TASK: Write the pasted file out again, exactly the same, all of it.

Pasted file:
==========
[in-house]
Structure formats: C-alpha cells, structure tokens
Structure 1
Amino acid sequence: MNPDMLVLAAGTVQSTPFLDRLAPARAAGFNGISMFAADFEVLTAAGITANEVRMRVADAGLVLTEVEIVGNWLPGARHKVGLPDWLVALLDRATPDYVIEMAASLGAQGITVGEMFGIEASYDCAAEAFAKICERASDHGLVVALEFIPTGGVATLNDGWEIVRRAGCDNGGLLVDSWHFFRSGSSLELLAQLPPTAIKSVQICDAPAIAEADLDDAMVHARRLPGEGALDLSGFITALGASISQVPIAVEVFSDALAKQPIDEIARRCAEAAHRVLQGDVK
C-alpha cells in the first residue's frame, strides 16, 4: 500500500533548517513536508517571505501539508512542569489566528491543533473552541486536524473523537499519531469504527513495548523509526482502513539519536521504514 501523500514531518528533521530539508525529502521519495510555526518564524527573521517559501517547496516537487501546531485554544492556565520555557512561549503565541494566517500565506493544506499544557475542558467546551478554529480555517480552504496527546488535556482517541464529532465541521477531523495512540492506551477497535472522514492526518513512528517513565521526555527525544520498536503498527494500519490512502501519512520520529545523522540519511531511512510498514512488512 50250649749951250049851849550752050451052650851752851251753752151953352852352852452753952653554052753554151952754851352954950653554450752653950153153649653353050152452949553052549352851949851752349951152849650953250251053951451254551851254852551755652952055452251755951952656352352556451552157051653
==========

[in-house]
Structure formats: C-alpha cells, structure tokens
Structure 1
Amino acid sequence: MNPDMLVLAAGTVQSTPFLDRLAPARAAGFNGISMFAADFEVLTAAGITANEVRMRVADAGLVLTEVEIVGNWLPGARHKVGLPDWLVALLDRATPDYVIEMAASLGAQGITVGEMFGIEASYDCAAEAFAKICERASDHGLVVALEFIPTGGVATLNDGWEIVRRAGCDNGGLLVDSWHFFRSGSSLELLAQLPPTAIKSVQICDAPAIAEADLDDAMVHARRLPGEGALDLSGFITALGASISQVPIAVEVFSDALAKQPIDEIARRCAEAAHRVLQGDVK
C-alpha cells in the first residue's frame, strides 16, 4: 500500500533548517513536508517571505501539508512542569489566528491543533473552541486536524473523537499519531469504527513495548523509526482502513539519536521504514 501523500514531518528533521530539508525529502521519495510555526518564524527573521517559501517547496516537487501546531485554544492556565520555557512561549503565541494566517500565506493544506499544557475542558467546551478554529480555517480552504496527546488535556482517541464529532465541521477531523495512540492506551477497535472522514492526518513512528517513565521526555527525544520498536503498527494500519490512502501519512520520529545523522540519511531511512510498514512488512 50250649749951250049851849550752050451052650851752851251753752151953352852352852452753952653554052753554151952754851352954950653554450752653950153153649653353050152452949553052549352851949851752349951152849650953250251053951451254551851254852551755652952055452251755951952656352352556451552157051653